"... In this paper we give an outline of recent results concerning theories and models of the untyped lambda calculus. Algebraic and topological methods have been applied to study the structure of the lattice of λtheories, the equational incompleteness of lambda calculus semantics, and the λtheories in ..."
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In this paper we give an outline of recent results concerning theories and models of the untyped lambda calculus. Algebraic and topological methods have been applied to study the structure of the lattice of λtheories, the equational incompleteness of lambda calculus semantics, and the λtheories induced by graph models of lambda calculus.
Applying Universal Algebra to Lambda Calculus
, 2007
"... The aim of this paper is double. From one side we survey the knowledge we have acquired these last ten years about the lattice of all λtheories ( = equational extensions of untyped λcalculus) and the models of lambda calculus via universal algebra. This includes positive or negative answers to se ..."
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The aim of this paper is double. From one side we survey the knowledge we have acquired these last ten years about the lattice of all λtheories ( = equational extensions of untyped λcalculus) and the models of lambda calculus via universal algebra. This includes positive or negative answers to several questions raised in these years as well as several independent results, the state of the art about the longstanding open questions concerning the representability of λtheories as theories of models, and 26 open problems. On the other side, against the common belief, we show that lambda calculus and combinatory logic satisfy interesting algebraic properties. In fact the Stone representation theorem for Boolean algebras can be generalized to combinatory algebras and λabstraction algebras. In every combinatory and λabstraction algebra there is a Boolean algebra of central elements (playing the role of idempotent elements in rings). Central elements are used to represent any combinatory and λabstraction algebra as a weak Boolean product of directly indecomposable algebras (i.e., algebras which cannot be decomposed as the Cartesian product of two other nontrivial algebras). Central elements are also used to provide applications of the representation theorem to lambda calculus. We show that the indecomposable semantics (i.e., the semantics of lambda calculus given in terms of models of lambda calculus, which are directly indecomposable as combinatory algebras) includes the continuous, stable and strongly stable semantics, and the term models of all semisensible λtheories. In one of the main results of the paper we show that the indecomposable semantics is equationally incomplete, and this incompleteness is as wide as possible.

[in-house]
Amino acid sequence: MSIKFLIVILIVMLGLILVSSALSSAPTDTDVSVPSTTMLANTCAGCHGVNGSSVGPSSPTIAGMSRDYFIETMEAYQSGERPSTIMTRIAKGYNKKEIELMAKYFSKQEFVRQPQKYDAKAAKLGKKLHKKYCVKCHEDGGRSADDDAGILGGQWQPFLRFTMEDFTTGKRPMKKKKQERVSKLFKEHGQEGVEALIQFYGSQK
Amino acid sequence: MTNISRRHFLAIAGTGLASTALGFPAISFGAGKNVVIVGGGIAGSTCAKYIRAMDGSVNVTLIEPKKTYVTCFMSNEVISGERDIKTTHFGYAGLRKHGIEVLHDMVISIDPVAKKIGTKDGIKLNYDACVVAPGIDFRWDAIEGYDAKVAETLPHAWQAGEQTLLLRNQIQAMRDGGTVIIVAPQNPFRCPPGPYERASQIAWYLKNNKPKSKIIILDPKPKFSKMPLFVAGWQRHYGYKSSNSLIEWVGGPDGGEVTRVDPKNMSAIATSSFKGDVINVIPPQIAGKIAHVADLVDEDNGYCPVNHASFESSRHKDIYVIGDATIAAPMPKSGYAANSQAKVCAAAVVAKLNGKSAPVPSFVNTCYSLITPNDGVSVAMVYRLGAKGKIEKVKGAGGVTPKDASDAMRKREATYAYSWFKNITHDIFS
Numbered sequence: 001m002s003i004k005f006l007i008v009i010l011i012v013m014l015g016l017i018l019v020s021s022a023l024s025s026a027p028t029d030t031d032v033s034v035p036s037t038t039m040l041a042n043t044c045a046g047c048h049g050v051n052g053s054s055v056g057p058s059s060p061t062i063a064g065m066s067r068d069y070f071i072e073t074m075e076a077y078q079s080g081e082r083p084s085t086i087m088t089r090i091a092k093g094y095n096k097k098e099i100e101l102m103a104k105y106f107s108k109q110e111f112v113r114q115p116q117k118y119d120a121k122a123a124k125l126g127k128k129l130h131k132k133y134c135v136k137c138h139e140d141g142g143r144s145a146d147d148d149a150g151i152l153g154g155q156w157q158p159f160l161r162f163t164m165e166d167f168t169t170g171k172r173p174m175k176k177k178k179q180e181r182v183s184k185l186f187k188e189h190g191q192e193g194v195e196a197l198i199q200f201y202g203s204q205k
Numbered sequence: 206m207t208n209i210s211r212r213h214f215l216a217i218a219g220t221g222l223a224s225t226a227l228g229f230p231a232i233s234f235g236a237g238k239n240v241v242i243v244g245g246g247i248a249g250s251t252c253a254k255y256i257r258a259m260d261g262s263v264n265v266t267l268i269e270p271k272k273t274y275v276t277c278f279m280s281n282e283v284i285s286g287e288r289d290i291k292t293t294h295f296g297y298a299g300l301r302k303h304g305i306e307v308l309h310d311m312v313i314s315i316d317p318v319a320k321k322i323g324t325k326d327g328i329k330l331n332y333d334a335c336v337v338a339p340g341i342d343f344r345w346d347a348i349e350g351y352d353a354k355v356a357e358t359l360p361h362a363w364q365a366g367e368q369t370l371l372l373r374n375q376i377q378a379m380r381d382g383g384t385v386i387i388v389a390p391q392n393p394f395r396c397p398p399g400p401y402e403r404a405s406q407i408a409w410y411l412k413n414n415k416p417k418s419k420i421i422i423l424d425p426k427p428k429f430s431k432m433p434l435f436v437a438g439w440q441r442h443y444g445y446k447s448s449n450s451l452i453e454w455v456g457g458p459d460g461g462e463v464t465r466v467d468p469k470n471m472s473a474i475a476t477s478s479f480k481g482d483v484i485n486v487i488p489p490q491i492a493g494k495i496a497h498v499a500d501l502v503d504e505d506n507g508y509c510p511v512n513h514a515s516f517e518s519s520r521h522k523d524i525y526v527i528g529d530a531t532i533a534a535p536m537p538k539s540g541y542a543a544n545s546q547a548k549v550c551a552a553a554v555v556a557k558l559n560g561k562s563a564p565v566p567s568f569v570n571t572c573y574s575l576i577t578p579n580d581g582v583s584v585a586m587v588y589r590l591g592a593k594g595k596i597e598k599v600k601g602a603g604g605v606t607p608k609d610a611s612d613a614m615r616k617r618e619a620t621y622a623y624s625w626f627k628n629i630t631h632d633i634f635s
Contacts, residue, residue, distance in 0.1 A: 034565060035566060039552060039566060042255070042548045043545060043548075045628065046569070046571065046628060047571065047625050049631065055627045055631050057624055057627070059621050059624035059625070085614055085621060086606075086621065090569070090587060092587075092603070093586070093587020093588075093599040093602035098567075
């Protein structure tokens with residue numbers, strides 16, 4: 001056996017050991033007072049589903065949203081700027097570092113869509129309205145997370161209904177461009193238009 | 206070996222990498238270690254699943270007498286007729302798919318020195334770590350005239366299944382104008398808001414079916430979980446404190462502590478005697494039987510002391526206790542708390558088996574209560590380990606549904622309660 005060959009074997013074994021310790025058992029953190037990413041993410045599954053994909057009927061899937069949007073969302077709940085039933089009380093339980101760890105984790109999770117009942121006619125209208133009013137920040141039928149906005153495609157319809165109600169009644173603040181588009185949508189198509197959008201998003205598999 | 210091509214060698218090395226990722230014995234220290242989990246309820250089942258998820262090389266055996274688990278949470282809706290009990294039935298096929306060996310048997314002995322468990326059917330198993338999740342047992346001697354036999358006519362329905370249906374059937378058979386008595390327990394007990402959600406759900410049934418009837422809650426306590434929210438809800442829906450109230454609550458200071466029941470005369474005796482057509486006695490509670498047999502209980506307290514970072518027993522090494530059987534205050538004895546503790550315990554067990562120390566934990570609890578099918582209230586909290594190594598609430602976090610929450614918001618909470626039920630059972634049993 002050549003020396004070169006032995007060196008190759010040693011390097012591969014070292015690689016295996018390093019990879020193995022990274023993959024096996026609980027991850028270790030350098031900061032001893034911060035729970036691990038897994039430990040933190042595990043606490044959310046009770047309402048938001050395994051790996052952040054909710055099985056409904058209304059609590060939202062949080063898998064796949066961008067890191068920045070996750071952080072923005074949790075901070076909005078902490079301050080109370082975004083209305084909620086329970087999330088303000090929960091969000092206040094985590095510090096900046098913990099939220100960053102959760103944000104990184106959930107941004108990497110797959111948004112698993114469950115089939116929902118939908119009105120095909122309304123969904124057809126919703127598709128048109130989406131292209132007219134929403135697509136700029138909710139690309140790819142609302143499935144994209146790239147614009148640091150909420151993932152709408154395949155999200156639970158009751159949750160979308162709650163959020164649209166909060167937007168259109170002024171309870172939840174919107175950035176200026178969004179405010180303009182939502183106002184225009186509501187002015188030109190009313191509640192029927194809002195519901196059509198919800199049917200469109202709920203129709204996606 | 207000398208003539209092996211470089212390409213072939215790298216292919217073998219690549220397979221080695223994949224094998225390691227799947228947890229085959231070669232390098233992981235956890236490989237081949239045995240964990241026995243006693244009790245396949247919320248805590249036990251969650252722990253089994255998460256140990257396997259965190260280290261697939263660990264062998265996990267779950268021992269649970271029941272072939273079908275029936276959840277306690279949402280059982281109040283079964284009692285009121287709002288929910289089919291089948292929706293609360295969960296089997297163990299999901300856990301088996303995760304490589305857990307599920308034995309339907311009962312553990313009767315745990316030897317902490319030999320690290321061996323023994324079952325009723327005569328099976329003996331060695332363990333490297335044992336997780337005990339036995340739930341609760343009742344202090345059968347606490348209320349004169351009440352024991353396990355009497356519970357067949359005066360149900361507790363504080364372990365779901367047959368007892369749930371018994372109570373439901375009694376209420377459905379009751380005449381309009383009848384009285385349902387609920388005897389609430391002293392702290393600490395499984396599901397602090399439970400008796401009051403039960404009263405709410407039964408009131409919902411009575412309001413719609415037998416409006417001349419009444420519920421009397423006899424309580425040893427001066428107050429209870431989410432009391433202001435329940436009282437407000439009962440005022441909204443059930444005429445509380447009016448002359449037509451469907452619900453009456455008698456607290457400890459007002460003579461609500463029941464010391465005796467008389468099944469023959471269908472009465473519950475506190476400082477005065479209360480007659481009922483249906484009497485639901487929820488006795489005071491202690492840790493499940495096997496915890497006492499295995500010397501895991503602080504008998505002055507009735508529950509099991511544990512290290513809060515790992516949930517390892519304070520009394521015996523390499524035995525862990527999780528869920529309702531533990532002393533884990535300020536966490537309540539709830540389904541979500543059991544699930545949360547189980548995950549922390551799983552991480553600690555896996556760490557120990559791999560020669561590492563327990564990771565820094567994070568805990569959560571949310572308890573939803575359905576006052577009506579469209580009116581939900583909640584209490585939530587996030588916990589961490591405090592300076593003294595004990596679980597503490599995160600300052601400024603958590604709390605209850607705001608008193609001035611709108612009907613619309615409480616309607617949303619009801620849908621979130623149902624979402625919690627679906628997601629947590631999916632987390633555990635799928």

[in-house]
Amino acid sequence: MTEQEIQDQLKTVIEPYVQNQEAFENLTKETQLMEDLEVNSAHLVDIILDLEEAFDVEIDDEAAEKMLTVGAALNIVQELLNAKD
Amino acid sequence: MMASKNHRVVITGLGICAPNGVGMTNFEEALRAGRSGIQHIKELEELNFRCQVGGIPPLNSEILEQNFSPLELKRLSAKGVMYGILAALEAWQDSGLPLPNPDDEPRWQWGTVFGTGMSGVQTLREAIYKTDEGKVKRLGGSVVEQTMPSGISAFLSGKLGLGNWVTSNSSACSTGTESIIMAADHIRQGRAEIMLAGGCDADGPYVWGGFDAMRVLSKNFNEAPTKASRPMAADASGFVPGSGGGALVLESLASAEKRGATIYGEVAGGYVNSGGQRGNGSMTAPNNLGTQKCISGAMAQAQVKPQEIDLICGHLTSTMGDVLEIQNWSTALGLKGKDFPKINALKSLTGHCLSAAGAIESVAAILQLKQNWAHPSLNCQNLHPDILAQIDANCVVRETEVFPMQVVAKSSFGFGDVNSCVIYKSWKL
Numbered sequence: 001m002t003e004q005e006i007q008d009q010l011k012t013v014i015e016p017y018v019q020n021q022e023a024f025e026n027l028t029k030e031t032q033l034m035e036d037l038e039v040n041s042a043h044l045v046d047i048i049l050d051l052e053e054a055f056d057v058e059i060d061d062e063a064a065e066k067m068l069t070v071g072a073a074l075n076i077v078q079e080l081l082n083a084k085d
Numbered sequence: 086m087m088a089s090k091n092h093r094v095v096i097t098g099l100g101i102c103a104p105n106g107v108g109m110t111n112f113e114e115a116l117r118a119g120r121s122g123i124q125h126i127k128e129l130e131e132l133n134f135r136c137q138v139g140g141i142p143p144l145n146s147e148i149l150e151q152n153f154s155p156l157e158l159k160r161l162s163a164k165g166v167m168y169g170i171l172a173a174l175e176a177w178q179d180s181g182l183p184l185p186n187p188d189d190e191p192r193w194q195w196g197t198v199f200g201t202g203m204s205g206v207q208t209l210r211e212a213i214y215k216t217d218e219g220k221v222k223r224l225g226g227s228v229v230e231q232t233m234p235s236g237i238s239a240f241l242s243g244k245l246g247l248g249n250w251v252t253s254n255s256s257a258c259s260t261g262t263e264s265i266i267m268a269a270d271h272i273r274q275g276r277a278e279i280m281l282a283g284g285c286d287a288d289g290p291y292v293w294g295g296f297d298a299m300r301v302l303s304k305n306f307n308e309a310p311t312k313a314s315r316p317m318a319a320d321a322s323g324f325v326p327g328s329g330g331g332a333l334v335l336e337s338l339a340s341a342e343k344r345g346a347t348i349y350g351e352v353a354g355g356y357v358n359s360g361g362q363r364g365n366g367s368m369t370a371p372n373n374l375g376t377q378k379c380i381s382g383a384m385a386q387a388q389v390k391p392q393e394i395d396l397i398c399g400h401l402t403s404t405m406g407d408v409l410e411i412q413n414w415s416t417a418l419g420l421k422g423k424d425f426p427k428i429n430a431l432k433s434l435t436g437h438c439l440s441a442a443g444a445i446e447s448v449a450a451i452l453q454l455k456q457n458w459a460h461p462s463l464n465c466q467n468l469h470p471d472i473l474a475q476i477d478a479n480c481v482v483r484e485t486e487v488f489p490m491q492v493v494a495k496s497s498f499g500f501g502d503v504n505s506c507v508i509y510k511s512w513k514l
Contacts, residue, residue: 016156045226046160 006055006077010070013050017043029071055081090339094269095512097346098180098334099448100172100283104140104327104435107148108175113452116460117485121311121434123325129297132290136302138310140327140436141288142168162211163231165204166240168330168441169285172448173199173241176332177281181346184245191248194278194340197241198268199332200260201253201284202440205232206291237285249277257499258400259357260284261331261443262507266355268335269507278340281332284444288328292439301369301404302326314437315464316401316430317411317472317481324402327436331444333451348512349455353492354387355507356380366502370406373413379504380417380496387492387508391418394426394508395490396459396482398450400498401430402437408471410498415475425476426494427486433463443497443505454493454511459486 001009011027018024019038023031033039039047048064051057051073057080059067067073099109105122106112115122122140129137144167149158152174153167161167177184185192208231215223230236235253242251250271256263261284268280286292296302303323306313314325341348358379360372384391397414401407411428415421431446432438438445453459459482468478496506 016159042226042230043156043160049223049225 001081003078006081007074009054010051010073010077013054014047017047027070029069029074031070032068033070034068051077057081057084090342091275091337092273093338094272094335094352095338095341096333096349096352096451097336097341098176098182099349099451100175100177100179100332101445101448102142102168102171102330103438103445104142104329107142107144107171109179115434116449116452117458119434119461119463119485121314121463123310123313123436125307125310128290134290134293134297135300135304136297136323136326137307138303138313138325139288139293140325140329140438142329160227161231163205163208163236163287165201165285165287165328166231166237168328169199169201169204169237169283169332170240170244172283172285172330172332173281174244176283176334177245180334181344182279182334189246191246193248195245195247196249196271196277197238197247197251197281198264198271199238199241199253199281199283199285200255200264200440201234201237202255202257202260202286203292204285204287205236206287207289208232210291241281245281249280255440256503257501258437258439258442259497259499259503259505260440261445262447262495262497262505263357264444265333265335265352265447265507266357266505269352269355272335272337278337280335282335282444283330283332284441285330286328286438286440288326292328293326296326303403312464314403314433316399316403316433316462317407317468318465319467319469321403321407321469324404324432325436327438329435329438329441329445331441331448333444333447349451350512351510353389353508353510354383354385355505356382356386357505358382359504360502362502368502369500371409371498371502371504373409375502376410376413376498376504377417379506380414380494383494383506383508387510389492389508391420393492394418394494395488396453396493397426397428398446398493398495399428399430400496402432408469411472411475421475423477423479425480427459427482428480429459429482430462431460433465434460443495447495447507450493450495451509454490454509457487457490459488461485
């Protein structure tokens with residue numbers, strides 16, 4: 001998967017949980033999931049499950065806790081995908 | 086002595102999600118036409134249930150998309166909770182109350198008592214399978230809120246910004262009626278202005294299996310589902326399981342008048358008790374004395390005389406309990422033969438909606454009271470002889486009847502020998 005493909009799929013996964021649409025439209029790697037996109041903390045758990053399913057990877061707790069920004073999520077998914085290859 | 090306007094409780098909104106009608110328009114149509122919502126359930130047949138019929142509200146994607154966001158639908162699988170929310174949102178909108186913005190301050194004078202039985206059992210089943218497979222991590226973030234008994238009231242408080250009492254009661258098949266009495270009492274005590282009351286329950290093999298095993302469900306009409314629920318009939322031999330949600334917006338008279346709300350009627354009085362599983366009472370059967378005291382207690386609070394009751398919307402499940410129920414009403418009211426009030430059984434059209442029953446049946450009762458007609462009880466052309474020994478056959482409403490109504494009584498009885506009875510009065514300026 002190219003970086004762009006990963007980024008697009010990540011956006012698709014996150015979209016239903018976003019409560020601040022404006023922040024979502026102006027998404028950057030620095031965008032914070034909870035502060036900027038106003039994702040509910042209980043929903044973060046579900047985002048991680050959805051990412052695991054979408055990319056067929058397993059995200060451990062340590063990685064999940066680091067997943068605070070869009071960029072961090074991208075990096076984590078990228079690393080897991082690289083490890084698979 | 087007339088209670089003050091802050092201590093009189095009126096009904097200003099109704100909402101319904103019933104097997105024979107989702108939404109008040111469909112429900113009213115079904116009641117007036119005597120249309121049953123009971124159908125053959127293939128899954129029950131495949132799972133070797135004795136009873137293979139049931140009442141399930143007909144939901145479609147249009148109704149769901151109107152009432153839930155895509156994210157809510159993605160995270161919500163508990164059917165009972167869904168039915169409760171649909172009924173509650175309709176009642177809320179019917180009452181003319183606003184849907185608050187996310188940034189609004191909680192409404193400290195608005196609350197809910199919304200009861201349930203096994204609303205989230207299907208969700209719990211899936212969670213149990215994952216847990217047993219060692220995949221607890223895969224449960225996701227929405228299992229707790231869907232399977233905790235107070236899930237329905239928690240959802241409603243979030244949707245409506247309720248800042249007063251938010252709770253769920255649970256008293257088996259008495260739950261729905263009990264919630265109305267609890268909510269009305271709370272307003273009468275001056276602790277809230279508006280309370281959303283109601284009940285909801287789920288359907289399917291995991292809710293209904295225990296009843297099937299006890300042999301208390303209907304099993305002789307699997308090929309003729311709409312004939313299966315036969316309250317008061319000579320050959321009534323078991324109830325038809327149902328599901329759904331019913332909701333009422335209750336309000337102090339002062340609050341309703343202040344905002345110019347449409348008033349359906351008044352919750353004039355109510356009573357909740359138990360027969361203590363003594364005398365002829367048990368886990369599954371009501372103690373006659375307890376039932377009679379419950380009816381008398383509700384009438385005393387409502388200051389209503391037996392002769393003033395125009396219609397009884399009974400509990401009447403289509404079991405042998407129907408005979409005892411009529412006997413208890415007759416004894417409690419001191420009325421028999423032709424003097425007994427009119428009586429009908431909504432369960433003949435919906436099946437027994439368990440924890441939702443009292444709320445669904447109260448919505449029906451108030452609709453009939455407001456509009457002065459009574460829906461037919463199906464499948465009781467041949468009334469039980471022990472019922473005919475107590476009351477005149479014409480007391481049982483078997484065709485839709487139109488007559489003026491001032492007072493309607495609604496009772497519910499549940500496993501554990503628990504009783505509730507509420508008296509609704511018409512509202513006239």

The Visser topology of lambda calculus
"... A longstanding open problem in lambda calculus is whether there exists a nonsyntactical model of the untyped lambda calculus whose theory is exactly the least λtheory λβ. In this paper we make use of the Visser topology for investigating the related question of whether the equational theory of a m ..."
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A longstanding open problem in lambda calculus is whether there exists a nonsyntactical model of the untyped lambda calculus whose theory is exactly the least λtheory λβ. In this paper we make use of the Visser topology for investigating the related question of whether the equational theory of a model can be recursively enumerable (r.e. for brevity). We introduce the notion of an effective model of lambda calculus and prove the following results: (i) The equational theory of an effective model cannot be λβ, λβη; (ii) The order theory of an effective model cannot be r.e.; (iii) No effective model living in the stable or strongly stable semantics has an r.e. equational theory. Concerning Scott’s semantics, we investigate the class of graph models and prove the following, where “graph theory ” is a shortcut for “theory of a graph model”: (iv) There exists a minimum order graph theory (for equational graph theories this was proved in [9, 10]). (v) The minimum equational/order graph theory is the theory of an effective graph model. (vi) No order graph theory can be r.e. (vii) Every equational/order graph theory is the theory of a graph model having a countable web. This last result proves that the class of graph models enjoys a kind of (downwards) LöwenheimSkolem theorem, and it answers positively Question 3 in [4, Section 6.3] for the class of graph models. 1.